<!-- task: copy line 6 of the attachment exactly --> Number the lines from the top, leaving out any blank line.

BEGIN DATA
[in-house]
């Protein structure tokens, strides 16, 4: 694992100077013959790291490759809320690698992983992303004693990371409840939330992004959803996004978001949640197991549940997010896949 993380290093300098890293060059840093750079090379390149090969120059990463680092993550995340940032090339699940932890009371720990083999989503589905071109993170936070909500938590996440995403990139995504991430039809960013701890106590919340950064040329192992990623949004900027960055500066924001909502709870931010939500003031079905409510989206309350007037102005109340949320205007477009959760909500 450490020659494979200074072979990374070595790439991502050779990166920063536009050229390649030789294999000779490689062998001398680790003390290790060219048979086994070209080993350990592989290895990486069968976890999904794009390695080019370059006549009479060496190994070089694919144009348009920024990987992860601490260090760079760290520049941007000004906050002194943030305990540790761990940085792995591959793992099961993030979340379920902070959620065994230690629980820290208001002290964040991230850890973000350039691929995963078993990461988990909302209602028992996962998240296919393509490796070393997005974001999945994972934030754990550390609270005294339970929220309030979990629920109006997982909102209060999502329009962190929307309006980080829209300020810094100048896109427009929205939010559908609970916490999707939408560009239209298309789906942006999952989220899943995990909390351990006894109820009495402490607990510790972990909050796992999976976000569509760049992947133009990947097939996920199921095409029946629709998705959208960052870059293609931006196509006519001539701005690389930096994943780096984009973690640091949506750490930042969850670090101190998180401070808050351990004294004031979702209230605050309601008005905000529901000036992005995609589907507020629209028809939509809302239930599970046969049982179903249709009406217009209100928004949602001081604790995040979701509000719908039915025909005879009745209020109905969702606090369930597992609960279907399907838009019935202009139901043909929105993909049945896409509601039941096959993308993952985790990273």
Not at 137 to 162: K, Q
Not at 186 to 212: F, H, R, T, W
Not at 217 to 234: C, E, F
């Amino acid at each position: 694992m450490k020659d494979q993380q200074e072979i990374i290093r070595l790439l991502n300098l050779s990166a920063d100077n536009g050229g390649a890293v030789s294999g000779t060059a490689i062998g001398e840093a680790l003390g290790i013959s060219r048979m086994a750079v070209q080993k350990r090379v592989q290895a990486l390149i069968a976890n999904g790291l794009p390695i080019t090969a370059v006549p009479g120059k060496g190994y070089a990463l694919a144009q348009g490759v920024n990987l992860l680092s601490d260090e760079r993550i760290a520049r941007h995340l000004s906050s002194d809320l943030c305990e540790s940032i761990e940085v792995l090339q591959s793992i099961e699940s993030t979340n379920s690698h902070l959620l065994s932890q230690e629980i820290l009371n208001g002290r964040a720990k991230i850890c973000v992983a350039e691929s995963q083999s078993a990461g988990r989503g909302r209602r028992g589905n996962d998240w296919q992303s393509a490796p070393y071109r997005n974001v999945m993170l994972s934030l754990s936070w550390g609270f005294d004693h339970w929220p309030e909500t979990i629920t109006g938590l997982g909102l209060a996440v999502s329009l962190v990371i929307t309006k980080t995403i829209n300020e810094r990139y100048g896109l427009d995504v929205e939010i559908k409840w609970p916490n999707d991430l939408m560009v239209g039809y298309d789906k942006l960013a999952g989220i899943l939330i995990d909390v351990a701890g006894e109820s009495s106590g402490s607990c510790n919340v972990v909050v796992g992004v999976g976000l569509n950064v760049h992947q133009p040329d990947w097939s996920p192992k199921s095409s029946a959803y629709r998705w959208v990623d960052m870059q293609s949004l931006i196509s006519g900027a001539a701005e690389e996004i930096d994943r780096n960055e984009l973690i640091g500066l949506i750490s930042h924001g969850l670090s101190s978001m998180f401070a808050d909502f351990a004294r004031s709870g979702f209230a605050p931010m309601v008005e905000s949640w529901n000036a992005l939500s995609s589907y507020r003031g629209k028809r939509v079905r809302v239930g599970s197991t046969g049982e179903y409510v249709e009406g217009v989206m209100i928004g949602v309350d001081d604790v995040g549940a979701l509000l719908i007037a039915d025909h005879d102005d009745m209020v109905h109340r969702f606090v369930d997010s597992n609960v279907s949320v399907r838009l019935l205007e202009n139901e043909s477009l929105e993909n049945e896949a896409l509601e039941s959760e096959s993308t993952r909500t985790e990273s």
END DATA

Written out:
């Amino acid at each position: 694992m450490k020659d494979q993380q200074e072979i990374i290093r070595l790439l991502n300098l050779s990166a920063d100077n536009g050229g390649a890293v030789s294999g000779t060059a490689i062998g001398e840093a680790l003390g290790i013959s060219r048979m086994a750079v070209q080993k350990r090379v592989q290895a990486l390149i069968a976890n999904g790291l794009p390695i080019t090969a370059v006549p009479g120059k060496g190994y070089a990463l694919a144009q348009g490759v920024n990987l992860l680092s601490d260090e760079r993550i760290a520049r941007h995340l000004s906050s002194d809320l943030c305990e540790s940032i761990e940085v792995l090339q591959s793992i099961e699940s993030t979340n379920s690698h902070l959620l065994s932890q230690e629980i820290l009371n208001g002290r964040a720990k991230i850890c973000v992983a350039e691929s995963q083999s078993a990461g988990r989503g909302r209602r028992g589905n996962d998240w296919q992303s393509a490796p070393y071109r997005n974001v999945m993170l994972s934030l754990s936070w550390g609270f005294d004693h339970w929220p309030e909500t979990i629920t109006g938590l997982g909102l209060a996440v999502s329009l962190v990371i929307t309006k980080t995403i829209n300020e810094r990139y100048g896109l427009d995504v929205e939010i559908k409840w609970p916490n999707d991430l939408m560009v239209g039809y298309d789906k942006l960013a999952g989220i899943l939330i995990d909390v351990a701890g006894e109820s009495s106590g402490s607990c510790n919340v972990v909050v796992g992004v999976g976000l569509n950064v760049h992947q133009p040329d990947w097939s996920p192992k199921s095409s029946a959803y629709r998705w959208v990623d960052m870059q293609s949004l931006i196509s006519g900027a001539a701005e690389e996004i930096d994943r780096n960055e984009l973690i640091g500066l949506i750490s930042h924001g969850l670090s101190s978001m998180f401070a808050d909502f351990a004294r004031s709870g979702f209230a605050p931010m309601v008005e905000s949640w529901n000036a992005l939500s995609s589907y507020r003031g629209k028809r939509v079905r809302v239930g599970s197991t046969g049982e179903y409510v249709e009406g217009v989206m209100i928004g949602v309350d001081d604790v995040g549940a979701l509000l719908i007037a039915d025909h005879d102005d009745m209020v109905h109340r969702f606090v369930d997010s597992n609960v279907s949320v399907r838009l019935l205007e202009n139901e043909s477009l929105e993909n049945e896949a896409l509601e039941s959760e096959s993308t993952r909500t985790e990273s």